My main workhorse is a 13″ MBP. I’m fine with the software at that resolution. You just have to adjust your toolbars from the default.

    Like I say, I have Photoshop mainly cuz it comes with a package that has value to me. I’m pretty sure that Photoshop alone would not be worth the money to me for my reasonably limited image editing needs. But since it’s installed, I’d rather fire it up than Pixelmator or Acorn. It’s a nice image editor.

    “Glad PDF support is built into Preview.”

    Yup. I’m entitled to install Acrobat, and I didn’t. Acrobat on OS X is a total and utter mess.

    ——

    “What’s the time frame for success? The Premiere has been out over a year…”

    Soon.

    I have no contact with what is going on in Alviso, so I don’t know if there is a plan or not. I also have no idea what the Flash platform parameters are for a DVR. But their window is still open if they can ship something good soon.

  10. Or put another way:

    I go to great lengths to fully block Flash in my browsers. Only one of my browsers can even see the Flash plug-in, and in that browser, I still have to click to load the Flash elements on any site I haven’t explicitly whitelisted.

    So I think Flash in the browser sucks. But there are sites I often visit that use Flash profusely and wonderfully that I’m happy to whitelist. So even for Flash in the browser, some of sucks and some of it is great.

    And all of this is a non-sequitor to the Flash platform for a lean-back DVR+OTP box. It’s a whole ‘nother ball of wax. If a Flash platform can achieve those two key aforementioned platform needs for TiVo in a timely manner, I’d say they made the right choice. If not, then they’re Germany and they decided to fight a two-front war…

  11. I think the advice to uninstall Flash from all your browsers EXCEPT Chrome, and use that only when you have to if you’re on a Mac is a good one. First proponent of this I was aware of was John Gruber. Its better than flash blockers in that they still say you have Flash installed, so you get an alternative HTML 5/h.264 render if they have one, and many do. So it’ll work better than that approach a lot of the time. Somebody should actually build a flash blocker plugin that works like that actually, assuming its possible.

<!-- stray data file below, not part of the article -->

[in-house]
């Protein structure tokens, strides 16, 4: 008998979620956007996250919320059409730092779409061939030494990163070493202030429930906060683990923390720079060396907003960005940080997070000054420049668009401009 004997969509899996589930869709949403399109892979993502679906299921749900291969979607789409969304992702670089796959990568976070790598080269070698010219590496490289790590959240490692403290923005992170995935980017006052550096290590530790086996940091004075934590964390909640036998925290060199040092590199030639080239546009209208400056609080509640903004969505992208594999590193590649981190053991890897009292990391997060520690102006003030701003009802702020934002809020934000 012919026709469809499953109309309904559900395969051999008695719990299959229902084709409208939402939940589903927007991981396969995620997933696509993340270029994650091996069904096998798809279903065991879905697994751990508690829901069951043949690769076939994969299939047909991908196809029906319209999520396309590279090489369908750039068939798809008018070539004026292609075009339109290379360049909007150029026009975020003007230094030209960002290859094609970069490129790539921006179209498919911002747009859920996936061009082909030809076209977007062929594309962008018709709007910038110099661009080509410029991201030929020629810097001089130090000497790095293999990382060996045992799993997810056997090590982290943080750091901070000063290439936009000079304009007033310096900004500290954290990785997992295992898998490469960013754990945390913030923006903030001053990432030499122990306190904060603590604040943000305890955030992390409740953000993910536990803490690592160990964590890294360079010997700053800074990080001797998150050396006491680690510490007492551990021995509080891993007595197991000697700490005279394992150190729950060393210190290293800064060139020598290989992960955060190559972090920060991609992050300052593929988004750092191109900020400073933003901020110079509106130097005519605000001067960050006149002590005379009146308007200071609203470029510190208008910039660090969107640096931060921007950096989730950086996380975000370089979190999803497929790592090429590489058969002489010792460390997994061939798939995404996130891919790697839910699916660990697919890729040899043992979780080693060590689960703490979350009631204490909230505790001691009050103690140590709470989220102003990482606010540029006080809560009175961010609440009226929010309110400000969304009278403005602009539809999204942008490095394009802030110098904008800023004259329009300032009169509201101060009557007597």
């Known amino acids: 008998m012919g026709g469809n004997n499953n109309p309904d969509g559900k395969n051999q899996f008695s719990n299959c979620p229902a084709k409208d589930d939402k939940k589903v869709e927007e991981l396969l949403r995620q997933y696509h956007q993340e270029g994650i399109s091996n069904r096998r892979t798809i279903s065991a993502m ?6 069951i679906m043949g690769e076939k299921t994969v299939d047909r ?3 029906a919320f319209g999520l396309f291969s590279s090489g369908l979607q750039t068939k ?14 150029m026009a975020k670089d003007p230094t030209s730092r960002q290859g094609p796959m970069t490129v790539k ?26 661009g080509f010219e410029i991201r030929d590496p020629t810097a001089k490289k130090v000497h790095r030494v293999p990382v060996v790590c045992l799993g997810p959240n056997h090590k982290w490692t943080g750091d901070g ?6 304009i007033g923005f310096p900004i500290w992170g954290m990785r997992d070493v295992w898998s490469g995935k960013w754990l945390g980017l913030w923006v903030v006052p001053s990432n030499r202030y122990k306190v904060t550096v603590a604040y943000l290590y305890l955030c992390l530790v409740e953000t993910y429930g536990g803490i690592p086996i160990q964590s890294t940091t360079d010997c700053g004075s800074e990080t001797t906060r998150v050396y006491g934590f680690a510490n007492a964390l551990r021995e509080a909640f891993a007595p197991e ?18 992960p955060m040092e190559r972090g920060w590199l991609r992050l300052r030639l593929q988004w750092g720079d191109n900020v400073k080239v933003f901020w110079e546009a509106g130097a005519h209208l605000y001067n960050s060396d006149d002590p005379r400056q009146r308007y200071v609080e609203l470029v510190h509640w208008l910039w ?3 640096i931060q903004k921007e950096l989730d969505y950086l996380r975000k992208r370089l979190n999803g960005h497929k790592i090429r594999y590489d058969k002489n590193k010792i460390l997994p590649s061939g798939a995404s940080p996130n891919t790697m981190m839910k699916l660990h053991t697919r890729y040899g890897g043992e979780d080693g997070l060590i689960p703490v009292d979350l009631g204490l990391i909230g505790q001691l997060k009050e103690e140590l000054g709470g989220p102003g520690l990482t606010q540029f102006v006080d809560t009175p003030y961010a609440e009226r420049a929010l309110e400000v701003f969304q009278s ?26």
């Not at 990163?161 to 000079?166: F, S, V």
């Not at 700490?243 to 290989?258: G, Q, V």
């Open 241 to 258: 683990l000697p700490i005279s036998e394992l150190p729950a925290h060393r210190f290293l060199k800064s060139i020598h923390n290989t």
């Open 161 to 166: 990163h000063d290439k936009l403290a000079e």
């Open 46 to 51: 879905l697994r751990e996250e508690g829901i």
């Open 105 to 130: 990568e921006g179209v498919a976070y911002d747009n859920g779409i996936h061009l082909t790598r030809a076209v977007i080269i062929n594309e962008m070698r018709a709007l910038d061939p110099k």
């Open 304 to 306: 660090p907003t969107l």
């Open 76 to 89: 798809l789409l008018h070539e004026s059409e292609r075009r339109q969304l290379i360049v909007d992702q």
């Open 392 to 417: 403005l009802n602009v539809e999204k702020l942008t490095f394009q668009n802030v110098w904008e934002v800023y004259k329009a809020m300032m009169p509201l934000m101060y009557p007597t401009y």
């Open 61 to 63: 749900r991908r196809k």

If you’re running a PC, one utility I recommend is Secunia PSI, which scans your system for various vulnerabilities in common software and (a) alerts you if you’ve got something that isn’t up to date; and in the 2.0 version it (b) updates you automatically without bugging you. I install that and then UNINSTALL all the little Java/Adobe/etc checkers from my tray. Will at least lessen your exposure a little by keeping you current.

    For PDF reading, the FoxIt reader is of course a fine alternative. May have just as many vulnerabilities as the Adobe one, but since its so uncommon, you should be much safer using it.

  12. “I think the advice to uninstall Flash from all your browsers EXCEPT Chrome, and use that only when you have to if you’re on a Mac is a good one. First proponent of this I was aware of was John Gruber.”

    Gruber’s is a workable solution. The even better solution for me is to set the prefs in OmniWeb (my default browser) to not even load the Flash plug-in, and to use the most excellent ClickToPlugin Safari Extension when I regularly hop into Safari. (ClickToPlugin offers highly configurable control over all plug-in loading. I really can’t recommend it highly enough.)

    So Safari is my browser for pages where I want plug-ins or plug-in replacement players, and OmniWeb covers everything else. (A 4 or 5 line dead-simple AppleScript bound to a keystroke instantly opens the current webpage in the other browser.)

    I’m not a fan of Google’s OS X apps, so I try to avoid Chrome. I don’t like the non-standard and only semi-controllable update mechanism in Chrome.

    And the perhaps EOL’d Camino has a standard pref for totally disabling Flash.

  13. @Chucky,

    The problem with that approach is that you’ll see dead-zones where flash would have been. And various sites that would happily serve up HTML 5 or h.264 alternative video for iPads and such will NOT offer you that. They’ll instead just show a broken plug in symbol. If you truly don’t have flash installed they WILL offer you that alternative.